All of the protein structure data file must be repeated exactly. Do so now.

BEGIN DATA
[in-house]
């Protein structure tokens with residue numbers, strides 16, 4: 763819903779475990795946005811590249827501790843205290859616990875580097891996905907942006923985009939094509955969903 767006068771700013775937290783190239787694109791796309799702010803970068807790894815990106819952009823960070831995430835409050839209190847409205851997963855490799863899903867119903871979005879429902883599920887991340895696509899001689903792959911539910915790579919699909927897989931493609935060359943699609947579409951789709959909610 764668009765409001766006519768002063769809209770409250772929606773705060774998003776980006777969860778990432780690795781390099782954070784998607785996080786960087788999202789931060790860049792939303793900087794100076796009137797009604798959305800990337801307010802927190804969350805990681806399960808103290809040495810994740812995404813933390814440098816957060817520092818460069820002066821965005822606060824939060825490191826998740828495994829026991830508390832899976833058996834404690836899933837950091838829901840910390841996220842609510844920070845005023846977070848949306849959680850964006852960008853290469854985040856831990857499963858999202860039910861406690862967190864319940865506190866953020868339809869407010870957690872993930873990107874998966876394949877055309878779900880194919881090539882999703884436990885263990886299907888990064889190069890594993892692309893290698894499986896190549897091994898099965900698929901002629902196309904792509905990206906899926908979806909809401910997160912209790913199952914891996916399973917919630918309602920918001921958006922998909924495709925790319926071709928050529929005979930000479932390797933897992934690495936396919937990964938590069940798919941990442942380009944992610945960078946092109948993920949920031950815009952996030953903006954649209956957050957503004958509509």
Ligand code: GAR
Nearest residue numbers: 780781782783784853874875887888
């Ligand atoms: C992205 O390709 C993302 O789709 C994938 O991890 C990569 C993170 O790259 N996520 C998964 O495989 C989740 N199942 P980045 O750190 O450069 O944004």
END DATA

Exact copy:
[in-house]
């Protein structure tokens with residue numbers, strides 16, 4: 763819903779475990795946005811590249827501790843205290859616990875580097891996905907942006923985009939094509955969903 767006068771700013775937290783190239787694109791796309799702010803970068807790894815990106819952009823960070831995430835409050839209190847409205851997963855490799863899903867119903871979005879429902883599920887991340895696509899001689903792959911539910915790579919699909927897989931493609935060359943699609947579409951789709959909610 764668009765409001766006519768002063769809209770409250772929606773705060774998003776980006777969860778990432780690795781390099782954070784998607785996080786960087788999202789931060790860049792939303793900087794100076796009137797009604798959305800990337801307010802927190804969350805990681806399960808103290809040495810994740812995404813933390814440098816957060817520092818460069820002066821965005822606060824939060825490191826998740828495994829026991830508390832899976833058996834404690836899933837950091838829901840910390841996220842609510844920070845005023846977070848949306849959680850964006852960008853290469854985040856831990857499963858999202860039910861406690862967190864319940865506190866953020868339809869407010870957690872993930873990107874998966876394949877055309878779900880194919881090539882999703884436990885263990886299907888990064889190069890594993892692309893290698894499986896190549897091994898099965900698929901002629902196309904792509905990206906899926908979806909809401910997160912209790913199952914891996916399973917919630918309602920918001921958006922998909924495709925790319926071709928050529929005979930000479932390797933897992934690495936396919937990964938590069940798919941990442942380009944992610945960078946092109948993920949920031950815009952996030953903006954649209956957050957503004958509509």
Ligand code: GAR
Nearest residue numbers: 780781782783784853874875887888
């Ligand atoms: C992205 O390709 C993302 O789709 C994938 O991890 C990569 C993170 O790259 N996520 C998964 O495989 C989740 N199942 P980045 O750190 O450069 O944004």